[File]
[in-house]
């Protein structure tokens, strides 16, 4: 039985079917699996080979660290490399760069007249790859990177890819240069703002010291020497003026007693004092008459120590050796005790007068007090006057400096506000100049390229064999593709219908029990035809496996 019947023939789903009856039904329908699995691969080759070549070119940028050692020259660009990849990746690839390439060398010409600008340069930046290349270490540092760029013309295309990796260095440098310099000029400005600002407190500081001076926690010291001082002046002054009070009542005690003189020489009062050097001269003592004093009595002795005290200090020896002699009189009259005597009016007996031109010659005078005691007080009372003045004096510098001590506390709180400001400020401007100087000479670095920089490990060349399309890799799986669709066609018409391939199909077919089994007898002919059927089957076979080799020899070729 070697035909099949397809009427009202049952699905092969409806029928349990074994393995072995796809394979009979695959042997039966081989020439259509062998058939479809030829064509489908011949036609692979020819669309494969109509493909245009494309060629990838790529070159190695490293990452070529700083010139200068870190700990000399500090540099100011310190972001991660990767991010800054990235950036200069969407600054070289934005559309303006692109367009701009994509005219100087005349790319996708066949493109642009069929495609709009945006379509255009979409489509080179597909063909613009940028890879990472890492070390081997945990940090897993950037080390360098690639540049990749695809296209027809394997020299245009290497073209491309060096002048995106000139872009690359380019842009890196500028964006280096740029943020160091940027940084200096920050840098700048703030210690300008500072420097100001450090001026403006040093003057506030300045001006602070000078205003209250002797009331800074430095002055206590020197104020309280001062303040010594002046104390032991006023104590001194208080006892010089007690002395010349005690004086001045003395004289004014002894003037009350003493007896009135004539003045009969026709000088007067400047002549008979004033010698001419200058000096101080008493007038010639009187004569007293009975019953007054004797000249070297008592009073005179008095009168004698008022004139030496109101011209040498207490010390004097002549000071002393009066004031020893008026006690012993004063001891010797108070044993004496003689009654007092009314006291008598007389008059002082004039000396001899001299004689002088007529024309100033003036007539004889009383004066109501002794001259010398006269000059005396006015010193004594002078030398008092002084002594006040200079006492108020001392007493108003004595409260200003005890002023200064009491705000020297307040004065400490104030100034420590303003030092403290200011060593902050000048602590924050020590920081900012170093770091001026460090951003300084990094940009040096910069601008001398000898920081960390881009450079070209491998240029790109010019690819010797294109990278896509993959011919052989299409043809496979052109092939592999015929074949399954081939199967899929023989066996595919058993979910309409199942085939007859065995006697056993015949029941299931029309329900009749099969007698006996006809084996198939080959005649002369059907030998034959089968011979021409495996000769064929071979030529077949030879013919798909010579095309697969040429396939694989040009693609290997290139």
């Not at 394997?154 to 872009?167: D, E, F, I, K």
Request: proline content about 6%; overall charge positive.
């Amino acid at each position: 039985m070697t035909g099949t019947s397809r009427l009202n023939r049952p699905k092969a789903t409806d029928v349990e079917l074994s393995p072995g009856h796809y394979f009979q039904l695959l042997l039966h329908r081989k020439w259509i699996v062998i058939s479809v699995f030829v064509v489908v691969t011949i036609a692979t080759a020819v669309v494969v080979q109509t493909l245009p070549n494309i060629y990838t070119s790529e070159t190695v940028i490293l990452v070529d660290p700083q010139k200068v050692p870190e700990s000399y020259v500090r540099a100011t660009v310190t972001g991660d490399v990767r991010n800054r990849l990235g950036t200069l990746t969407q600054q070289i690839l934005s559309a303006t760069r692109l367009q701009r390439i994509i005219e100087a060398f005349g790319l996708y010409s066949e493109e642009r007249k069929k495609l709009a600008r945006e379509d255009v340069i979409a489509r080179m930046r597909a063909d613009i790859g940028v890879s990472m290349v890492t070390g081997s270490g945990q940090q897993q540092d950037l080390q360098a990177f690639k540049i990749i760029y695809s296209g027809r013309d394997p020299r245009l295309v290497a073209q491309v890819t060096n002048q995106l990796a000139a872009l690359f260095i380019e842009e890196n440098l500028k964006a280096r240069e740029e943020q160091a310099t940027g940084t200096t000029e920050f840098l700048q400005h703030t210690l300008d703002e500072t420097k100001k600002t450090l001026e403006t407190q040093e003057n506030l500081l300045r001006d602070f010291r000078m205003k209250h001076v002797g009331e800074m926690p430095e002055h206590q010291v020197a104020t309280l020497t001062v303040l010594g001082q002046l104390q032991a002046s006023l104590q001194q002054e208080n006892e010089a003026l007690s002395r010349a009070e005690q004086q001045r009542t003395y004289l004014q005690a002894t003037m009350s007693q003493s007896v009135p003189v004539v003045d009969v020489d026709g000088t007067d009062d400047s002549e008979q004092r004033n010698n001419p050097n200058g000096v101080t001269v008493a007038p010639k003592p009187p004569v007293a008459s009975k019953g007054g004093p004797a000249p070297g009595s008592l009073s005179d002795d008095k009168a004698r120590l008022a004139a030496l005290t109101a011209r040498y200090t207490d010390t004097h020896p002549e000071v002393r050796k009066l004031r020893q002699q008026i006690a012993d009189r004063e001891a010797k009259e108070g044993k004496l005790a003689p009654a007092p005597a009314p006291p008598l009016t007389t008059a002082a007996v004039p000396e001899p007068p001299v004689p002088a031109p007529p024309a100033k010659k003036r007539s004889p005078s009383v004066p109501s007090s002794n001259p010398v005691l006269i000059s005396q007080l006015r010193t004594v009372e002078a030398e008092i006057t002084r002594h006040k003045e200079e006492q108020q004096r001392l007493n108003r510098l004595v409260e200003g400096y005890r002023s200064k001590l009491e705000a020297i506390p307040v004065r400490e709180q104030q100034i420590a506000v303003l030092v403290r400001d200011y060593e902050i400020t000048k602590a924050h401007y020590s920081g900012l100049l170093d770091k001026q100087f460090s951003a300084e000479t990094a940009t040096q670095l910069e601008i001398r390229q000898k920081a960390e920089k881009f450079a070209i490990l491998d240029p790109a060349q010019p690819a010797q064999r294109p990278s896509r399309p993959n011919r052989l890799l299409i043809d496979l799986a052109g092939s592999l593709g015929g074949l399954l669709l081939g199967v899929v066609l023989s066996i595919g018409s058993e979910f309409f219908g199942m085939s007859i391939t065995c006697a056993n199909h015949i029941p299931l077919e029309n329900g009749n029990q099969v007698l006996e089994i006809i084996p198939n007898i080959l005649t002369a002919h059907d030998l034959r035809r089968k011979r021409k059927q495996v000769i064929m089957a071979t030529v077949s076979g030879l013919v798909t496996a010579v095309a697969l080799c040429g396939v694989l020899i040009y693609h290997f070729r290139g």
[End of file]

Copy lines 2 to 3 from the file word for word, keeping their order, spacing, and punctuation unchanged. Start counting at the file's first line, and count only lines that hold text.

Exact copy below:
């Protein structure tokens, strides 16, 4: 039985079917699996080979660290490399760069007249790859990177890819240069703002010291020497003026007693004092008459120590050796005790007068007090006057400096506000100049390229064999593709219908029990035809496996 019947023939789903009856039904329908699995691969080759070549070119940028050692020259660009990849990746690839390439060398010409600008340069930046290349270490540092760029013309295309990796260095440098310099000029400005600002407190500081001076926690010291001082002046002054009070009542005690003189020489009062050097001269003592004093009595002795005290200090020896002699009189009259005597009016007996031109010659005078005691007080009372003045004096510098001590506390709180400001400020401007100087000479670095920089490990060349399309890799799986669709066609018409391939199909077919089994007898002919059927089957076979080799020899070729 070697035909099949397809009427009202049952699905092969409806029928349990074994393995072995796809394979009979695959042997039966081989020439259509062998058939479809030829064509489908011949036609692979020819669309494969109509493909245009494309060629990838790529070159190695490293990452070529700083010139200068870190700990000399500090540099100011310190972001991660990767991010800054990235950036200069969407600054070289934005559309303006692109367009701009994509005219100087005349790319996708066949493109642009069929495609709009945006379509255009979409489509080179597909063909613009940028890879990472890492070390081997945990940090897993950037080390360098690639540049990749695809296209027809394997020299245009290497073209491309060096002048995106000139872009690359380019842009890196500028964006280096740029943020160091940027940084200096920050840098700048703030210690300008500072420097100001450090001026403006040093003057506030300045001006602070000078205003209250002797009331800074430095002055206590020197104020309280001062303040010594002046104390032991006023104590001194208080006892010089007690002395010349005690004086001045003395004289004014002894003037009350003493007896009135004539003045009969026709000088007067400047002549008979004033010698001419200058000096101080008493007038010639009187004569007293009975019953007054004797000249070297008592009073005179008095009168004698008022004139030496109101011209040498207490010390004097002549000071002393009066004031020893008026006690012993004063001891010797108070044993004496003689009654007092009314006291008598007389008059002082004039000396001899001299004689002088007529024309100033003036007539004889009383004066109501002794001259010398006269000059005396006015010193004594002078030398008092002084002594006040200079006492108020001392007493108003004595409260200003005890002023200064009491705000020297307040004065400490104030100034420590303003030092403290200011060593902050000048602590924050020590920081900012170093770091001026460090951003300084990094940009040096910069601008001398000898920081960390881009450079070209491998240029790109010019690819010797294109990278896509993959011919052989299409043809496979052109092939592999015929074949399954081939199967899929023989066996595919058993979910309409199942085939007859065995006697056993015949029941299931029309329900009749099969007698006996006809084996198939080959005649002369059907030998034959089968011979021409495996000769064929071979030529077949030879013919798909010579095309697969040429396939694989040009693609290997290139």
């Not at 394997?154 to 872009?167: D, E, F, I, K």